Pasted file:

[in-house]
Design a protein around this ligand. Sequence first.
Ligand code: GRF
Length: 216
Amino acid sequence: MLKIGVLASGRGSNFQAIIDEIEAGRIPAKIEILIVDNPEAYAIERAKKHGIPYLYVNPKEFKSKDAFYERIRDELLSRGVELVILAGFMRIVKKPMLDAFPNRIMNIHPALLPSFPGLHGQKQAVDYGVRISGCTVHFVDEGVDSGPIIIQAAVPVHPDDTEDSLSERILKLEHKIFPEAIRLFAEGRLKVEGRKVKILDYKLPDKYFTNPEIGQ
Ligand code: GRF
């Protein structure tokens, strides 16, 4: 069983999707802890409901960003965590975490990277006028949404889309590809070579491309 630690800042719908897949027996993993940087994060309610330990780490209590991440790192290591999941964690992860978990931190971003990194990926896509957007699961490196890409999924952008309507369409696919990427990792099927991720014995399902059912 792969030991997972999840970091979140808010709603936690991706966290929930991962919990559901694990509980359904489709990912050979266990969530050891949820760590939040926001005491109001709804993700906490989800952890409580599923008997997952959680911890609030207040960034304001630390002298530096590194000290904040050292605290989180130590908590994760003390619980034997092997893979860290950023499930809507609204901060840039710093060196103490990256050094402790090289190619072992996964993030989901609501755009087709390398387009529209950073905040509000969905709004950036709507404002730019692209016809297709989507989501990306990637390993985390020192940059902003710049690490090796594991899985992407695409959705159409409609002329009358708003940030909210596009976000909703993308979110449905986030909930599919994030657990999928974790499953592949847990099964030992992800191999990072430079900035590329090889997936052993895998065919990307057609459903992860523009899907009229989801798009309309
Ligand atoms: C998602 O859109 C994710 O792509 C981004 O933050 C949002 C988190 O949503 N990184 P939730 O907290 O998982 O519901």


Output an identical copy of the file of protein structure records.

[in-house]
Design a protein around this ligand. Sequence first.
Ligand code: GRF
Length: 216
Amino acid sequence: MLKIGVLASGRGSNFQAIIDEIEAGRIPAKIEILIVDNPEAYAIERAKKHGIPYLYVNPKEFKSKDAFYERIRDELLSRGVELVILAGFMRIVKKPMLDAFPNRIMNIHPALLPSFPGLHGQKQAVDYGVRISGCTVHFVDEGVDSGPIIIQAAVPVHPDDTEDSLSERILKLEHKIFPEAIRLFAEGRLKVEGRKVKILDYKLPDKYFTNPEIGQ
Ligand code: GRF
């Protein structure tokens, strides 16, 4: 069983999707802890409901960003965590975490990277006028949404889309590809070579491309 630690800042719908897949027996993993940087994060309610330990780490209590991440790192290591999941964690992860978990931190971003990194990926896509957007699961490196890409999924952008309507369409696919990427990792099927991720014995399902059912 792969030991997972999840970091979140808010709603936690991706966290929930991962919990559901694990509980359904489709990912050979266990969530050891949820760590939040926001005491109001709804993700906490989800952890409580599923008997997952959680911890609030207040960034304001630390002298530096590194000290904040050292605290989180130590908590994760003390619980034997092997893979860290950023499930809507609204901060840039710093060196103490990256050094402790090289190619072992996964993030989901609501755009087709390398387009529209950073905040509000969905709004950036709507404002730019692209016809297709989507989501990306990637390993985390020192940059902003710049690490090796594991899985992407695409959705159409409609002329009358708003940030909210596009976000909703993308979110449905986030909930599919994030657990999928974790499953592949847990099964030992992800191999990072430079900035590329090889997936052993895998065919990307057609459903992860523009899907009229989801798009309309
Ligand atoms: C998602 O859109 C994710 O792509 C981004 O933050 C949002 C988190 O949503 N990184 P939730 O907290 O998982 O519901």